What we’re looking at is a human being who has near total permission to go all-out every day.  I’d bet he gets about 4 hours sleep a night, has a satyr’s sex drive, and a phenomenal memory.   In other words, he is fully actualized in a narrow and probably imbalanced range of being.


Remember that thing about relationships.  The truth is that most human beings have about the same amount of “stuff”.  Human clay.  There are certainly people who seem to just have “more” to begin with. But most of the real excellence you see is people who form and shape their basic clay into attractive forms.  Most of the REALLY excellent people are excellent in one arena, average or less than average in others.  They have pushed all their “stuff” into one corner, and stand atop that heap. Its like those houses at Universal City…look great from one direction, but have no back walls, and are empty.  It may be a house, but it ain’t no home.


Easy to have the best body in the gym if you sleep in your van, and do nothing but train, sleep, and eat tuna fish.  That’s not a life.

Not saying that about Tom.   I hope he’s having a great life, with stupendous fun, and is being who he wants and needs to be in life. But…if he was my Dad, I’d wish he was more…present.


Cruise really does fascinate me, and I’d love to have an hour of his time one day. But then, so would millions of others.  I doubt they’d ask the questions that puzzle ME, however.  Oh, well…I guess I’ll just sit back and watch the fun.  Damn, I love movies.





(P.S.–just for fun, here’s an article about his workout routine.


  1. I don’t know about that “no-one learns acrobatic martial arts at 40” thing. I was 37 when I started capoeira, didn’t really get serious about it until I was 40. Aside from a quarter of gymnastics in college and about 13 years of stage-combat falls (basically aikido and/or judo falls with dramatic flair), I’d never practiced anything that acrobatic. I finally managed the most difficult _floreio_ move I know I can perform when I was around 50 – what my tradition calls _folha_seca_ (though it looks nothing like the move of the same name I’ve seen in other traditons) at least as difficult as anything I remember Cruise performing without wires (he needed them for at least one impressive-looking move I remember) in “MI:2”. I haven’t seen any of his films since then – unless you count “Tropic Thunder”. 😉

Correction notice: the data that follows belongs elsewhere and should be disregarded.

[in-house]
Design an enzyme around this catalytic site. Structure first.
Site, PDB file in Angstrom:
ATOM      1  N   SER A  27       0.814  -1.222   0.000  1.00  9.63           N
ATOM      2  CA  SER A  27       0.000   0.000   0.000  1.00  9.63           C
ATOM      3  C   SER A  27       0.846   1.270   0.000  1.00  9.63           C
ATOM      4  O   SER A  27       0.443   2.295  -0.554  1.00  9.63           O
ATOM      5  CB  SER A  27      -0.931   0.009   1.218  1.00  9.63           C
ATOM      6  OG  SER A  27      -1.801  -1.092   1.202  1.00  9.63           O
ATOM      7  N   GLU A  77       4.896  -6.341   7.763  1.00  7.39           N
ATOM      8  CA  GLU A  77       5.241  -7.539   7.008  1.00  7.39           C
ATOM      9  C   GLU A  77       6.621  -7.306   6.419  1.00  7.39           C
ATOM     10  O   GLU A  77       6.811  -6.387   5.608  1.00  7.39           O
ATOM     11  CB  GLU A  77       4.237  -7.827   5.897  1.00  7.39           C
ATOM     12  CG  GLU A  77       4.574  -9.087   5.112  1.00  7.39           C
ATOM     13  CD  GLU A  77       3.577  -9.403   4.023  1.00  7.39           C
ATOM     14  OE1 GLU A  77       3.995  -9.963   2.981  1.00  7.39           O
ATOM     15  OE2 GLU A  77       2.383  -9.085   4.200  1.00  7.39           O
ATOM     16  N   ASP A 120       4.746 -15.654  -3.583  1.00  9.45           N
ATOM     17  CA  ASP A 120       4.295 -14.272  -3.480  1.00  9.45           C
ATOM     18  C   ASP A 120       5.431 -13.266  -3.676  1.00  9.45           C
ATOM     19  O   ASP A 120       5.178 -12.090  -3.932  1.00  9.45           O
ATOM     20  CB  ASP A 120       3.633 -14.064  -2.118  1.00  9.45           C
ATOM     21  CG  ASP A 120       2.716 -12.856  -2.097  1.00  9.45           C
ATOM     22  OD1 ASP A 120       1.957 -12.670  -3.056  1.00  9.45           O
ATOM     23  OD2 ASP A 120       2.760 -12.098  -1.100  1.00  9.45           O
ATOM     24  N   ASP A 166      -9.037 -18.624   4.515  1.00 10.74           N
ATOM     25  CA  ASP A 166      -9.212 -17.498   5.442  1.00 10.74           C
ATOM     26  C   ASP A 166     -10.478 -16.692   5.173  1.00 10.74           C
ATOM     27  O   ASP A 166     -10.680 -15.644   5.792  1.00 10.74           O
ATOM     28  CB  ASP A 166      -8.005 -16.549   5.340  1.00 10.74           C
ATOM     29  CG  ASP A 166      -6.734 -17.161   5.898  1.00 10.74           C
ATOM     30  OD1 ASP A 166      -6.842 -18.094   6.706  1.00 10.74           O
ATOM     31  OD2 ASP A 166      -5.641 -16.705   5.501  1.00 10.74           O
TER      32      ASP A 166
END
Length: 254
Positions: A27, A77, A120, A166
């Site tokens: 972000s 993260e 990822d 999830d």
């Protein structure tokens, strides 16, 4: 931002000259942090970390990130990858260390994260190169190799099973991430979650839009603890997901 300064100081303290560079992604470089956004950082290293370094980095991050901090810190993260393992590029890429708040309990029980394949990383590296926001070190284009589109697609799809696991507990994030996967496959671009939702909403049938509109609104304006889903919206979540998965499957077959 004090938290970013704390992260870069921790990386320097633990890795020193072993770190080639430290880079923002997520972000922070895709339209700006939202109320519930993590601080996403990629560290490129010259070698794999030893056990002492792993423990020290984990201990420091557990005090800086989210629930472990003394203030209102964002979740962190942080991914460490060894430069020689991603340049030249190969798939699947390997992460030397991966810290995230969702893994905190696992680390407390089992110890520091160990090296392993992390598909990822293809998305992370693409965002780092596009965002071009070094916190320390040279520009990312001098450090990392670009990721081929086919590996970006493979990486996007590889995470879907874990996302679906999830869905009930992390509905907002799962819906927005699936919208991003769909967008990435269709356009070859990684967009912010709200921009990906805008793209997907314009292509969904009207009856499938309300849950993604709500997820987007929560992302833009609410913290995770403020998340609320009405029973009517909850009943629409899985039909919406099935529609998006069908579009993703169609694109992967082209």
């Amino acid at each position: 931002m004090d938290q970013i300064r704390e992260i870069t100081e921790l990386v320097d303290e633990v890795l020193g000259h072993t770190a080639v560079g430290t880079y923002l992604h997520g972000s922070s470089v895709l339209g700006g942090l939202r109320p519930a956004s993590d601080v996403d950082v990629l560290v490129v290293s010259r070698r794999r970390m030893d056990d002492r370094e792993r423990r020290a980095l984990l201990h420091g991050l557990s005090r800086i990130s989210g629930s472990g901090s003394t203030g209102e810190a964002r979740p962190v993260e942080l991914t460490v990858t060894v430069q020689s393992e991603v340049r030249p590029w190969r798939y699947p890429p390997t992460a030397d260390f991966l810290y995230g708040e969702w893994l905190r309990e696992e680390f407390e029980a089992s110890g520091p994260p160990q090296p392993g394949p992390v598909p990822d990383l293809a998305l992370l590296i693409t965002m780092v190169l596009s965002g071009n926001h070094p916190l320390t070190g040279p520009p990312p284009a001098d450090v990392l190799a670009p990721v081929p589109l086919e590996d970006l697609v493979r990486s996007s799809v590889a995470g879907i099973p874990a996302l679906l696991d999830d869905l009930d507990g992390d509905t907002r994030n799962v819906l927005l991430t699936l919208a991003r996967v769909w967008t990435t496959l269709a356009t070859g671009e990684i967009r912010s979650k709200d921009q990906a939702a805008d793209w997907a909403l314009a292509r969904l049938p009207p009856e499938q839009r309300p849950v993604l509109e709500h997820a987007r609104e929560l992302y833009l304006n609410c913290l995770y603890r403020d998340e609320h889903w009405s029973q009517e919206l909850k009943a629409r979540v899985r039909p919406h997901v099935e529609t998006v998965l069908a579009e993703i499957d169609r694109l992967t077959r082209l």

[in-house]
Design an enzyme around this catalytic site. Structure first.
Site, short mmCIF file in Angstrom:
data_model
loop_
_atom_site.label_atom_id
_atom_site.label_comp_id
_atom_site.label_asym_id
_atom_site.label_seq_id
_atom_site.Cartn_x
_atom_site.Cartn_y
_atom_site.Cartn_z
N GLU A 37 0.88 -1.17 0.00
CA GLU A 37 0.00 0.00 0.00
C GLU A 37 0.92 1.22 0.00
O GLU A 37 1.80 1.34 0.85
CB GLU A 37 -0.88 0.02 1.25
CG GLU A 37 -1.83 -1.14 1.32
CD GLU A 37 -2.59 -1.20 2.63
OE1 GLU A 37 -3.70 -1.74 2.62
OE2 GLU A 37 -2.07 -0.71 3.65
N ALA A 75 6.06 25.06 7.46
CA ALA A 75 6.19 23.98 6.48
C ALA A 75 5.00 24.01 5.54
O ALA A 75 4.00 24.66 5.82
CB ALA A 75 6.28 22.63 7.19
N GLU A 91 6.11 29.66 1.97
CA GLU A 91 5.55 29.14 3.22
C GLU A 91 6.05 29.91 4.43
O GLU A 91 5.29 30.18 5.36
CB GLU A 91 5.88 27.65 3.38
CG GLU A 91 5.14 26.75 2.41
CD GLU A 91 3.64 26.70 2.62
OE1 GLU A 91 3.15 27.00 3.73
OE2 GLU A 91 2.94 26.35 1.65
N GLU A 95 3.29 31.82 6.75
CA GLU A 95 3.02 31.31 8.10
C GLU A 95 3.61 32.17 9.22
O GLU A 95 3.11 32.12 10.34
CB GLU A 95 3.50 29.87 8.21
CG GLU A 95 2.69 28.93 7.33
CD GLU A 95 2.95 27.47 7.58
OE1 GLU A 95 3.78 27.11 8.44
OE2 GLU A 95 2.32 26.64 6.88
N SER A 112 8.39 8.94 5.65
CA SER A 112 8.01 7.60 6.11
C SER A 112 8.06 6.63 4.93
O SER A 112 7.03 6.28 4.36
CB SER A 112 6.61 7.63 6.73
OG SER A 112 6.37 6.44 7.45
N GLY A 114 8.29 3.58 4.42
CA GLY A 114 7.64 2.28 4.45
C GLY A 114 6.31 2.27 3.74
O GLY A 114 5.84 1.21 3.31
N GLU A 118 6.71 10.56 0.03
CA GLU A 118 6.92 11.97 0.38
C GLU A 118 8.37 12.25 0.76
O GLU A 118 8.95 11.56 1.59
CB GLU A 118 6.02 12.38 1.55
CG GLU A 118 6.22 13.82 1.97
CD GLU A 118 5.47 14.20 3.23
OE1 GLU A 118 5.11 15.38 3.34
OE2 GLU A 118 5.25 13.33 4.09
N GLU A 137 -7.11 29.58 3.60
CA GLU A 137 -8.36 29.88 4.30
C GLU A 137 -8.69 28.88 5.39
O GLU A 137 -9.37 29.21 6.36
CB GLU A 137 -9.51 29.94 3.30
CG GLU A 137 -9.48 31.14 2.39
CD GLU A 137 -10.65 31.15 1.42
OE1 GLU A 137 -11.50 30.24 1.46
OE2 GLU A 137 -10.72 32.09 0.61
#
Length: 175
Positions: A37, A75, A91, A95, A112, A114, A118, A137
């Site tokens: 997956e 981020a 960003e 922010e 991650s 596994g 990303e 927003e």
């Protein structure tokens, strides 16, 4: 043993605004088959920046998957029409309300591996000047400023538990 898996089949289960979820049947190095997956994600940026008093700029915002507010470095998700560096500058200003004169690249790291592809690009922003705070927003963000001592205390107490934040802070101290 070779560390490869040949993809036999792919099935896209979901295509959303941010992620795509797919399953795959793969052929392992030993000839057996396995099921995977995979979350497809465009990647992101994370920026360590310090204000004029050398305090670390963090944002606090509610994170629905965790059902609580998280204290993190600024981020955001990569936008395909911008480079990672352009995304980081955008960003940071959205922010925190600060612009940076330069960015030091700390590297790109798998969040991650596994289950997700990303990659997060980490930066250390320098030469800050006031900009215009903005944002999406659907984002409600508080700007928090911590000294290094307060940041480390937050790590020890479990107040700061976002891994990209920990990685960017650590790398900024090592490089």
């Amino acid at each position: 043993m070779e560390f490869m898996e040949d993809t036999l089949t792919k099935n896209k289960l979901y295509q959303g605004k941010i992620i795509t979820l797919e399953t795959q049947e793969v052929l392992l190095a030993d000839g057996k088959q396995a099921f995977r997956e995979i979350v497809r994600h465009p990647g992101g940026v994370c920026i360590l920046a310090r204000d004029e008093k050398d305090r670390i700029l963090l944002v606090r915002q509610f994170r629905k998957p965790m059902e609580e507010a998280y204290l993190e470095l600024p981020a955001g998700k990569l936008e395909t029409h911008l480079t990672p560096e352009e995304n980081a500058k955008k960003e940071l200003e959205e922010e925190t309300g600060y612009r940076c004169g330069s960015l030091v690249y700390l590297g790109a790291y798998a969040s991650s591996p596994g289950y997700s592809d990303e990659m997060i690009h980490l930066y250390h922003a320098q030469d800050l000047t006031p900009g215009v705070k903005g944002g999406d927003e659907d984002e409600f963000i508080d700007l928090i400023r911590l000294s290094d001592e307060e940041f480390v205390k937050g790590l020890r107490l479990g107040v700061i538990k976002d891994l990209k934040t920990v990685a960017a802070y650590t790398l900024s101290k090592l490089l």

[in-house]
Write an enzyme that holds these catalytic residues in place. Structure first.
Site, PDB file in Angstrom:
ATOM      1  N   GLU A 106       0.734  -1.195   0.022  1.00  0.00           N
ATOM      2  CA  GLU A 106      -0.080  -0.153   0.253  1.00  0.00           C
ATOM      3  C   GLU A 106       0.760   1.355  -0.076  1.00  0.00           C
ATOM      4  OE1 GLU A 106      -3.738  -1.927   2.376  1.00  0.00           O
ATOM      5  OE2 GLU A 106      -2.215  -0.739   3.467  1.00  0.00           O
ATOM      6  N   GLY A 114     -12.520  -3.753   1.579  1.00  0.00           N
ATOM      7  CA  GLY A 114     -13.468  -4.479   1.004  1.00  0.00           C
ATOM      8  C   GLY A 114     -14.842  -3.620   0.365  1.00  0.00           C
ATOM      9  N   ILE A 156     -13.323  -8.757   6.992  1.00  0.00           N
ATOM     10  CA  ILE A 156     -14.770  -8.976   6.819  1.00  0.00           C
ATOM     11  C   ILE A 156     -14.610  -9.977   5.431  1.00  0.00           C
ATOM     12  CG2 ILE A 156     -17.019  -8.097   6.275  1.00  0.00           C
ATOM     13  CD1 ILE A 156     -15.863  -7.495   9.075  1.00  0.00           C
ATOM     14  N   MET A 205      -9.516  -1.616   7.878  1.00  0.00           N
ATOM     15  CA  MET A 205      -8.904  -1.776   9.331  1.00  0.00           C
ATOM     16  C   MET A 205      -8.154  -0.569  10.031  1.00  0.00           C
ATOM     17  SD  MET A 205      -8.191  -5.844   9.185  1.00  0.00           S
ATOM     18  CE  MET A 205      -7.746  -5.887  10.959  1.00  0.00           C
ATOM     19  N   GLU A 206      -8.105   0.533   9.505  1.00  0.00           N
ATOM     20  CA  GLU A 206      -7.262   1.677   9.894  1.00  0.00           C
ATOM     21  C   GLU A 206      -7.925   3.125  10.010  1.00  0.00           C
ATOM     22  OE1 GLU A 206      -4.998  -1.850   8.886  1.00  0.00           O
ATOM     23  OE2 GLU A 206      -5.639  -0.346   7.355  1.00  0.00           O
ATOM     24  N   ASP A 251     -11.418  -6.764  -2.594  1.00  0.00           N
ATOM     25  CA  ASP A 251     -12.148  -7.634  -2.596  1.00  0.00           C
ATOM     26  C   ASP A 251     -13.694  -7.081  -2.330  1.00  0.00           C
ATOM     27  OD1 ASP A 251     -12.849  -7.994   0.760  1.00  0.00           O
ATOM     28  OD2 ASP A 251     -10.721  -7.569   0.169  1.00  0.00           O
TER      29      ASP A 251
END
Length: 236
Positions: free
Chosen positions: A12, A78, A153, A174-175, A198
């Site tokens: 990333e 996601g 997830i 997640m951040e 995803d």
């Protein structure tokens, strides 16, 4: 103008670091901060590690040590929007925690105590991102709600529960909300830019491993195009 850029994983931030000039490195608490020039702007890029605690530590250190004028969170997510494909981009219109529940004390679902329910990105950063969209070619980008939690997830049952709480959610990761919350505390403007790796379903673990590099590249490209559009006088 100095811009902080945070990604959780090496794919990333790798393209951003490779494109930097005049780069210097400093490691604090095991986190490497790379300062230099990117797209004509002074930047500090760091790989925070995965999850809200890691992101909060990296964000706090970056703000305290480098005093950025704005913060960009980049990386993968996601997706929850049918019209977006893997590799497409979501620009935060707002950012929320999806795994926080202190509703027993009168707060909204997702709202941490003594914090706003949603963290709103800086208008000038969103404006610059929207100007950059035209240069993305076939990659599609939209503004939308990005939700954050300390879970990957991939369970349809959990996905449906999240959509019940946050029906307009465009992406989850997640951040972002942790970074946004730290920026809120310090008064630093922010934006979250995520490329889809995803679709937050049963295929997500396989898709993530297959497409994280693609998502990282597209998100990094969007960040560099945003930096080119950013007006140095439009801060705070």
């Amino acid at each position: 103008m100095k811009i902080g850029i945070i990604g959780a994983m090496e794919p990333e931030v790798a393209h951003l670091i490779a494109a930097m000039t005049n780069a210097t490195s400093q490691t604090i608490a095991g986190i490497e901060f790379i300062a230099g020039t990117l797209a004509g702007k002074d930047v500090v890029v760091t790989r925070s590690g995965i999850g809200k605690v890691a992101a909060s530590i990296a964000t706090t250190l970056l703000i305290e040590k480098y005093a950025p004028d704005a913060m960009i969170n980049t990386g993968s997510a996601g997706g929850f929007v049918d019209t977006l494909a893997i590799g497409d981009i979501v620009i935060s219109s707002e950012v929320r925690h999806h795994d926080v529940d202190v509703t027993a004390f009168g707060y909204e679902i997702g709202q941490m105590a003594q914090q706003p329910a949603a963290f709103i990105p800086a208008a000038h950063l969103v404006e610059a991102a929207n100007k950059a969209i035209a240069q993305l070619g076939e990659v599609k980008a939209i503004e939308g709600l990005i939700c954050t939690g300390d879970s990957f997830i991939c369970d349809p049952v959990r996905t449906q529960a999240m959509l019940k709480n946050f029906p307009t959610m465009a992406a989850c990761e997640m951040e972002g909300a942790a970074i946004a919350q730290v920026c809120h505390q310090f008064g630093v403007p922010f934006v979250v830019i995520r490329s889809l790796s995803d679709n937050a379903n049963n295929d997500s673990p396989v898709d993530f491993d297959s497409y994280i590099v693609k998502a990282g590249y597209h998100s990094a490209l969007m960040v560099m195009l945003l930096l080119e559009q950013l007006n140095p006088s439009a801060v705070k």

1. Went back and re-watched the fight on the beach in MI:2, the wired move I remembered being in that fight actually isn’t. Cruise was doing the choreography “for real”.

      I stand by my point, though; there’s nothing in that fight I couldn’t have recreated at the same age, having begun learning at roughly the same age as Cruise. Of course, I had been studying other (non-acrobatic) martial atrts my whole adult life, and had been performing fight choreography and minor stunts for years when I first started capoeira. I don’t know what Cruise’s movement background was, prior to taking on his acrobatic-fight training; if he started roughly “from scratch,” then yeah, impressive.